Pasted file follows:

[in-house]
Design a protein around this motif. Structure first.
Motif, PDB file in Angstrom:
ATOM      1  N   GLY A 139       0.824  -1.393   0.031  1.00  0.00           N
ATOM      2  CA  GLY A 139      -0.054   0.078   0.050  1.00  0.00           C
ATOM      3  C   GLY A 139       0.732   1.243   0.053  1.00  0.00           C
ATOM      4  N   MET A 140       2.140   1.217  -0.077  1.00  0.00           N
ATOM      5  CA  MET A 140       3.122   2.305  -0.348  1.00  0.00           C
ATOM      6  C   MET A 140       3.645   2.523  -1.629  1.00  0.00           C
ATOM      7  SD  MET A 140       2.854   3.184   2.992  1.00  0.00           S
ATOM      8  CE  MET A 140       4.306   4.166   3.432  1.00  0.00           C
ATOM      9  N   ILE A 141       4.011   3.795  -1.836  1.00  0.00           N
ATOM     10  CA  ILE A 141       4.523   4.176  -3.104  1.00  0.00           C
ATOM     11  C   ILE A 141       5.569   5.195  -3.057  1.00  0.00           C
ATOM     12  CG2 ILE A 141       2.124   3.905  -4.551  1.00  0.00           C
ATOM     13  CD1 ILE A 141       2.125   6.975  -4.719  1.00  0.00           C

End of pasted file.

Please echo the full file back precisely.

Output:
[in-house]
Design a protein around this motif. Structure first.
Motif, PDB file in Angstrom:
ATOM      1  N   GLY A 139       0.824  -1.393   0.031  1.00  0.00           N
ATOM      2  CA  GLY A 139      -0.054   0.078   0.050  1.00  0.00           C
ATOM      3  C   GLY A 139       0.732   1.243   0.053  1.00  0.00           C
ATOM      4  N   MET A 140       2.140   1.217  -0.077  1.00  0.00           N
ATOM      5  CA  MET A 140       3.122   2.305  -0.348  1.00  0.00           C
ATOM      6  C   MET A 140       3.645   2.523  -1.629  1.00  0.00           C
ATOM      7  SD  MET A 140       2.854   3.184   2.992  1.00  0.00           S
ATOM      8  CE  MET A 140       4.306   4.166   3.432  1.00  0.00           C
ATOM      9  N   ILE A 141       4.011   3.795  -1.836  1.00  0.00           N
ATOM     10  CA  ILE A 141       4.523   4.176  -3.104  1.00  0.00           C
ATOM     11  C   ILE A 141       5.569   5.195  -3.057  1.00  0.00           C
ATOM     12  CG2 ILE A 141       2.124   3.905  -4.551  1.00  0.00           C
ATOM     13  CD1 ILE A 141       2.125   6.975  -4.719  1.00  0.00           C